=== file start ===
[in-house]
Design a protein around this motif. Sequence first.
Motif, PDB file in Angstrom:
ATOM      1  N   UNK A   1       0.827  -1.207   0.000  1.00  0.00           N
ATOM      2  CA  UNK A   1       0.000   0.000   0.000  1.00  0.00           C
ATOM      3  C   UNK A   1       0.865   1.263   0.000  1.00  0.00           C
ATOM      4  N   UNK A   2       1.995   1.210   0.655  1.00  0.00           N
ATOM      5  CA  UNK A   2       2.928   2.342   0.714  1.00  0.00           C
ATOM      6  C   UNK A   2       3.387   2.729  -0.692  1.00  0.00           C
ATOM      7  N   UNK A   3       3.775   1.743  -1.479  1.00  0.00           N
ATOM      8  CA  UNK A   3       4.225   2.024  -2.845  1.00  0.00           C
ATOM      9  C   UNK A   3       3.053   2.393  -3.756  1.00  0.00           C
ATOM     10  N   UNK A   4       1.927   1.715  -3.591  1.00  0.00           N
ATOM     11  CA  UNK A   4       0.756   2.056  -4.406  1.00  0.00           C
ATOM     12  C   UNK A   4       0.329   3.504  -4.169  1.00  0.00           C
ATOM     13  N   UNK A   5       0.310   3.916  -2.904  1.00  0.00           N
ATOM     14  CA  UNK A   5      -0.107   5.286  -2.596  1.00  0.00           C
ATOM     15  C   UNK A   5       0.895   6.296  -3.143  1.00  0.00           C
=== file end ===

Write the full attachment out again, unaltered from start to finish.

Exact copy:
[in-house]
Design a protein around this motif. Sequence first.
Motif, PDB file in Angstrom:
ATOM      1  N   UNK A   1       0.827  -1.207   0.000  1.00  0.00           N
ATOM      2  CA  UNK A   1       0.000   0.000   0.000  1.00  0.00           C
ATOM      3  C   UNK A   1       0.865   1.263   0.000  1.00  0.00           C
ATOM      4  N   UNK A   2       1.995   1.210   0.655  1.00  0.00           N
ATOM      5  CA  UNK A   2       2.928   2.342   0.714  1.00  0.00           C
ATOM      6  C   UNK A   2       3.387   2.729  -0.692  1.00  0.00           C
ATOM      7  N   UNK A   3       3.775   1.743  -1.479  1.00  0.00           N
ATOM      8  CA  UNK A   3       4.225   2.024  -2.845  1.00  0.00           C
ATOM      9  C   UNK A   3       3.053   2.393  -3.756  1.00  0.00           C
ATOM     10  N   UNK A   4       1.927   1.715  -3.591  1.00  0.00           N
ATOM     11  CA  UNK A   4       0.756   2.056  -4.406  1.00  0.00           C
ATOM     12  C   UNK A   4       0.329   3.504  -4.169  1.00  0.00           C
ATOM     13  N   UNK A   5       0.310   3.916  -2.904  1.00  0.00           N
ATOM     14  CA  UNK A   5      -0.107   5.286  -2.596  1.00  0.00           C
ATOM     15  C   UNK A   5       0.895   6.296  -3.143  1.00  0.00           C